Miami, Florida at the outset of the Boom of the 1920s
Fine early map of the City of Miami, produced by Karl Squires in Miami.
This is one of the earliest obtainable city maps of Miami, coming just a few decades after Miami was founded in 1896. This is also apparently the first state of the map and the earliest Karl Squires map of Miami.
The town is laid out on either side of the Miami River, with a number of city blocks subdivided and many others naming larger earlier land owners. The map extends west to just beyond the fork in the River to about 62nd Street.
Palm Royal Hotel, Palm Park and Bay FrontRR are shown just north of the Miami River. Constructed by Henry Flagler in 1897, this was Miami's first hotel.
In the south, large tracts of land are owned by Mary Brickell, William Brickell, Charles Brickell and George Brickell), along with James Deering, William Jennings Bryan and Tavernier Peacock (one the sons of John Thomas Peacock, also known as Jolly Jack).
An early baseball park is shown at the west center of the map. This would be Tatum Field, which was the home of the first Miami pro team, the Miami Magicians of the East Florida State League who first took the field in 1912. Tatum Field was first used in 1913, but the grandstand was not completed until 1915.
In 1891, a Cleveland woman named Julia Tuttle purchased 640 acres on the north bank of the Miami River in present-day downtown Miami. Tuttle tried to persuade railroad magnate Henry Flagler to expand the Florida East Coast Railway, southward to the area, but he initially declined.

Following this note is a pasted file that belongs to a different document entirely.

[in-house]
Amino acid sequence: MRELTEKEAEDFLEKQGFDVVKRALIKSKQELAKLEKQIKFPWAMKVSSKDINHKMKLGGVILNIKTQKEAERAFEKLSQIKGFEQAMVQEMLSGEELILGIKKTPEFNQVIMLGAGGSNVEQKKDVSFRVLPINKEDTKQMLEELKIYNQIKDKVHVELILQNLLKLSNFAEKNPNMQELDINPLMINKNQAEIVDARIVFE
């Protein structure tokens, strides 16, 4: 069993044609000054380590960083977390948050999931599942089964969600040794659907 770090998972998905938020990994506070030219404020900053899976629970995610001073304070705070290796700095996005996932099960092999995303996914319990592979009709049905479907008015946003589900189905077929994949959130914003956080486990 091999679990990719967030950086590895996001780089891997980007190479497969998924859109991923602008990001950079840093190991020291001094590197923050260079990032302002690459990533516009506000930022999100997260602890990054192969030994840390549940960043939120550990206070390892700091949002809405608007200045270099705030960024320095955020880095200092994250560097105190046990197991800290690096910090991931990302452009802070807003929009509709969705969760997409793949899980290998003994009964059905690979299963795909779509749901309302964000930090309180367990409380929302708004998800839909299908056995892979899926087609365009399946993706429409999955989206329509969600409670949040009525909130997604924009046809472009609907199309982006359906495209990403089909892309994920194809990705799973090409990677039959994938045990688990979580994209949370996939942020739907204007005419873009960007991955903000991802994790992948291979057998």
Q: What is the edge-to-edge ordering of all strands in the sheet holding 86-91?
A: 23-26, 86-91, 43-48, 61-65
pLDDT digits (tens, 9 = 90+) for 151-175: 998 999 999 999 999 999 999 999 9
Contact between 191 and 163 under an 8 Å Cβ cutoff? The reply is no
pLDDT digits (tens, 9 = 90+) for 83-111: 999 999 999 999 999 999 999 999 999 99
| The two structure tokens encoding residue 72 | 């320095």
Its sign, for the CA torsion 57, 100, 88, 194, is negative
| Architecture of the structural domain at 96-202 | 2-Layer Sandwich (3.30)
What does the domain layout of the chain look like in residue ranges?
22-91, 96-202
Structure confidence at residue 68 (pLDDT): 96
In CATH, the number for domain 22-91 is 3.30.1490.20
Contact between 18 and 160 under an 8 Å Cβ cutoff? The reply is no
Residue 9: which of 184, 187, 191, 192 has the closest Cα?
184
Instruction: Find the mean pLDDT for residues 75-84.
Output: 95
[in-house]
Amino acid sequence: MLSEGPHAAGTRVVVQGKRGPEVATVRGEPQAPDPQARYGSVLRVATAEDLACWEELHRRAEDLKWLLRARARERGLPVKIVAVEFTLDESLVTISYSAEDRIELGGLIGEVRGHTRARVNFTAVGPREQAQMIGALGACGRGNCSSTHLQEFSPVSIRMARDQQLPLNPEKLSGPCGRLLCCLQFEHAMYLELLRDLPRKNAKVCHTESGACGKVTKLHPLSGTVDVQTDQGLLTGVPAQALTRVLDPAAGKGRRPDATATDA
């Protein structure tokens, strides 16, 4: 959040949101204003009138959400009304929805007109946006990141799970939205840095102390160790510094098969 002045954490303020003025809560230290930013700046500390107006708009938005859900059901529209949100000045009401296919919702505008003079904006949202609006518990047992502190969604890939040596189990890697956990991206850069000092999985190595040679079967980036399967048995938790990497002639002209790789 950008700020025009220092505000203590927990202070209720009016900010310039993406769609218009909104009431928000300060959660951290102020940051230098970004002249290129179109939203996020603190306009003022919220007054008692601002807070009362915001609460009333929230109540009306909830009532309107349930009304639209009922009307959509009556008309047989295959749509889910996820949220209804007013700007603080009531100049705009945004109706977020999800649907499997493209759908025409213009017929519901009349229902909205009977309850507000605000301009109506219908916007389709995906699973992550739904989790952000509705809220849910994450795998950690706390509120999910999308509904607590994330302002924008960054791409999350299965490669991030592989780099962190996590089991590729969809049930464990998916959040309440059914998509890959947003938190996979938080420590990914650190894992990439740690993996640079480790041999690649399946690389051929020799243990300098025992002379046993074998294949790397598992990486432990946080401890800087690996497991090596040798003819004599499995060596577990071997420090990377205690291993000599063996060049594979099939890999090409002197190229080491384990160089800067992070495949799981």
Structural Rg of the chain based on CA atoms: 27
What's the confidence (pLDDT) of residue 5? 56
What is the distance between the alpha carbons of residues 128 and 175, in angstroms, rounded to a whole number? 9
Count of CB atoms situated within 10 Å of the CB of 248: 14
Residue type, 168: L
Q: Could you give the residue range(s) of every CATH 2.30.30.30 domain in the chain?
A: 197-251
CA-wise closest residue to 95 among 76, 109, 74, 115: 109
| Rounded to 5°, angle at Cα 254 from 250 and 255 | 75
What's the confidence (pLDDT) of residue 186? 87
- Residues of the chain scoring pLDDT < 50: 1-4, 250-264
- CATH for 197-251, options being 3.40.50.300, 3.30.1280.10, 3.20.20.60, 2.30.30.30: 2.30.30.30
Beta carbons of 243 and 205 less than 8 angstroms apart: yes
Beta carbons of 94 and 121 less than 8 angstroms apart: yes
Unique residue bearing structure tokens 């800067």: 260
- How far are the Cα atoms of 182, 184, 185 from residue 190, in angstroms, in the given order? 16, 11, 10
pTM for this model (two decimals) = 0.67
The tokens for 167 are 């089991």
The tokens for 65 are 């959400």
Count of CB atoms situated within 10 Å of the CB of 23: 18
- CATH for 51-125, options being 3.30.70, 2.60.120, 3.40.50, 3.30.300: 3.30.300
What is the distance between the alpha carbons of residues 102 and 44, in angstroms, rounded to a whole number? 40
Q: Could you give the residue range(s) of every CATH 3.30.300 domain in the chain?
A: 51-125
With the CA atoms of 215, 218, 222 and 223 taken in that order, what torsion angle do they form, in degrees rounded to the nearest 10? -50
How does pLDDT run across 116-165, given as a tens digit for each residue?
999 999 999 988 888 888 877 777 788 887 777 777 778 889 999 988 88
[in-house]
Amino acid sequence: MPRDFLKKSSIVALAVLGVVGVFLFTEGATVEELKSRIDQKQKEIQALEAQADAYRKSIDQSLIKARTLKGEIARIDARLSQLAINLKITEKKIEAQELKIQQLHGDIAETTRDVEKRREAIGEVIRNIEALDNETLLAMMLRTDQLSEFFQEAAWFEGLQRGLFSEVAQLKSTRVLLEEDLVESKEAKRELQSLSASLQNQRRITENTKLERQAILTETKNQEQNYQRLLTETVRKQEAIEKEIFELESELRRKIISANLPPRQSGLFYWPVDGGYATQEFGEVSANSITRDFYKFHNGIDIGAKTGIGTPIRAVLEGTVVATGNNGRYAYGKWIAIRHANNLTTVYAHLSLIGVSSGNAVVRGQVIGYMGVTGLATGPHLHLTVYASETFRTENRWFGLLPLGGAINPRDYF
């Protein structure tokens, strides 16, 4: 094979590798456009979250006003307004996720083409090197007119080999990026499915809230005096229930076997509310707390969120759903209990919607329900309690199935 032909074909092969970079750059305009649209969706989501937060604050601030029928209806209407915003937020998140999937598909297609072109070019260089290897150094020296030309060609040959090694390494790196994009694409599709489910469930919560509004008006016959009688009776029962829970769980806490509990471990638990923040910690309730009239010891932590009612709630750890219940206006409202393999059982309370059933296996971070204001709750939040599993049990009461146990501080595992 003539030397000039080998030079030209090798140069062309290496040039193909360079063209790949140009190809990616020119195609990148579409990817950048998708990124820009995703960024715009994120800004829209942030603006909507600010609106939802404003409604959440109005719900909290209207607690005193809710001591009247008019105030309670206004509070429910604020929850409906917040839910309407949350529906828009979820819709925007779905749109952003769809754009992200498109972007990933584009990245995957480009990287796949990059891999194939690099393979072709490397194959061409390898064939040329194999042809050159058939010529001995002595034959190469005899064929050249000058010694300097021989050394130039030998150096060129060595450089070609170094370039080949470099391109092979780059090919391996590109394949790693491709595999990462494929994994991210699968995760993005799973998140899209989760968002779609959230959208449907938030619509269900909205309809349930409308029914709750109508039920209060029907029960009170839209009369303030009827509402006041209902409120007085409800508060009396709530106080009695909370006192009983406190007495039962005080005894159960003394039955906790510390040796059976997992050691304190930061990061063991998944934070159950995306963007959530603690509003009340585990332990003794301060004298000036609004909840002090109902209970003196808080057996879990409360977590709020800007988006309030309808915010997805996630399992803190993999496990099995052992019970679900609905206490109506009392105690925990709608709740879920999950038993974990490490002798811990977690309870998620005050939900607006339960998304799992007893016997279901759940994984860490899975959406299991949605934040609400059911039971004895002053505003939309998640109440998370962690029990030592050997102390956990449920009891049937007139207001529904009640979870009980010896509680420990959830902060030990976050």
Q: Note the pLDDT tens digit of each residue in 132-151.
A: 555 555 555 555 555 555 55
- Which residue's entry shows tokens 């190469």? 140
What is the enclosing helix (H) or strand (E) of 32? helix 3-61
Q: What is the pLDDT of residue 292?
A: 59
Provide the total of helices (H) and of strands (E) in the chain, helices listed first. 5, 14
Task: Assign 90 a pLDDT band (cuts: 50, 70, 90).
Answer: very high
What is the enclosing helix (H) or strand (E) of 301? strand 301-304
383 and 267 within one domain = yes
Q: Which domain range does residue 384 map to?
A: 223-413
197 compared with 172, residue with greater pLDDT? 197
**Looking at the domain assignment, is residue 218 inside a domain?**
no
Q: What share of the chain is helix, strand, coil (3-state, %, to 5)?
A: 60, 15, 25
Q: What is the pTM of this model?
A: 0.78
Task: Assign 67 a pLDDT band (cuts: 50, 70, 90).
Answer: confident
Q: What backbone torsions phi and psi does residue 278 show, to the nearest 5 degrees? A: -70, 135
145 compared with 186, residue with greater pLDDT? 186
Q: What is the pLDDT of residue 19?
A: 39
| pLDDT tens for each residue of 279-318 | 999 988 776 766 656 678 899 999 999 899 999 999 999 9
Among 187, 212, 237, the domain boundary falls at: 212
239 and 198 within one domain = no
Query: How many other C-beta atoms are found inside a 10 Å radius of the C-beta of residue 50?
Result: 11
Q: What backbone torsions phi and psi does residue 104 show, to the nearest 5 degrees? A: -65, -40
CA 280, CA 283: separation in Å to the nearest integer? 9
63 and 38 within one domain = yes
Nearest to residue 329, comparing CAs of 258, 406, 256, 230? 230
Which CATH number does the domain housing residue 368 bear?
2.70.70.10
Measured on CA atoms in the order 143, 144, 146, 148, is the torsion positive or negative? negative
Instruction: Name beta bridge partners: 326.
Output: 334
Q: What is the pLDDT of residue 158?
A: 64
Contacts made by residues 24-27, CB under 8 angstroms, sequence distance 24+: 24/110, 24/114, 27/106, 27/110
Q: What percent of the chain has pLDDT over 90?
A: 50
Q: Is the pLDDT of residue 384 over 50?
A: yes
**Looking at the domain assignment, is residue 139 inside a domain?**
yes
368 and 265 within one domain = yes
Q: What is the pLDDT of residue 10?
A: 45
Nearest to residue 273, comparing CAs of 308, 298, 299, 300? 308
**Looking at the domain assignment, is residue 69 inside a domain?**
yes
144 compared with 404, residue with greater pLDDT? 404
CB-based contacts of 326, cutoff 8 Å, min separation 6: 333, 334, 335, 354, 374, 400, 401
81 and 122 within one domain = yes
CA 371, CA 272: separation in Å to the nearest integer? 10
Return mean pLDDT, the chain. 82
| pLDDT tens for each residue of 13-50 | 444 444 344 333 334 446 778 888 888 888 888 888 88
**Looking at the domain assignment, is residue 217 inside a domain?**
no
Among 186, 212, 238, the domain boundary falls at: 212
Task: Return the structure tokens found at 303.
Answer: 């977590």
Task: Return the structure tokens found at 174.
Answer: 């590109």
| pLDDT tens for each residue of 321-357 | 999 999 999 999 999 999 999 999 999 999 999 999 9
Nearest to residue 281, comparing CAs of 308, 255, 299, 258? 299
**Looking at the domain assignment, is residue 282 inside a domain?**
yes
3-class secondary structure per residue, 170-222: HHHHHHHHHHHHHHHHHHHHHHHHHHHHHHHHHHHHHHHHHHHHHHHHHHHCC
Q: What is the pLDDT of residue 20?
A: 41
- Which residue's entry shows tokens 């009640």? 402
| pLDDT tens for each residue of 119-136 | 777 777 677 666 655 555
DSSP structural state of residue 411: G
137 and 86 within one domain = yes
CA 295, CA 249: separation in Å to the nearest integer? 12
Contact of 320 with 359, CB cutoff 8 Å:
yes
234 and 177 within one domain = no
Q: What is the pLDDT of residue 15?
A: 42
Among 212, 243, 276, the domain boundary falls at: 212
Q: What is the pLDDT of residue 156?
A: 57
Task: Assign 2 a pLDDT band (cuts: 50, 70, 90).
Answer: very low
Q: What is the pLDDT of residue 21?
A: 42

Following two devastating freezes in the north of Florida in December 1894 and February 1895, Flagler was again petitioned by Tuttle and this time convinced to extend his railroad to Miami and build a resort hotel.
On April 22, 1895, Flagler wrote Tuttle a long letter recapping her offer of land to him in exchange for extending his railroad to Miami, laying out a city and building a hotel. The terms provided that Tuttle would award Flagler a 100-acre tract of land for the city to grow. Around the same time, Flagler wrote a similar letter to William and Mary Brickell, who had also verbally agreed to contribute land.
While the railroad's extension to Miami remained unannounced in the spring of 1895, rumors of this possibility continued to multiply, fueling real estate activity in the Biscayne Bay area. The news of the railroad's extension was officially announced on June 21, 1895. In late September, the work on the railroad began and settlers began pouring into the promised "freeze proof" lands. On October 24, 1895, the contract agreed upon by Flagler and Tuttle was approved.
On March 3, 1896 Flagler hired John Sewell from West Palm Beach to begin work on the town as more people came into Miami. The first regularly scheduled train arrived on the night of April 15, 1896. On July 28, 1896, the City of Miami, named after the Miami River, was incorporated with 502 voters.
In the early decades of the 20th Century Miami experienced a very rapid growth. In 1900, 1,681 people lived in Miami, Florida; in 1910, there were 5,471 people; and in 1920, there were 29,549 people. Beginning in 1906, canals were made to remove some of the water from those swamp lands west of the city. Miami Beach was developed in 1913 when a two-mile wooden bridge built by John Collins was completed. During the early 1920s, the authorities of Miami allowed gambling and were very lax in regulating prohibition, so thousands of people migrated from the northern United States to the Miami region. This caused the Florida land boom of the 1920s, when many high-rise buildings were built.
While Squires later maps appear on the market periodically, this is apparently the first edition of the map.
We note a single example at the University of Miami.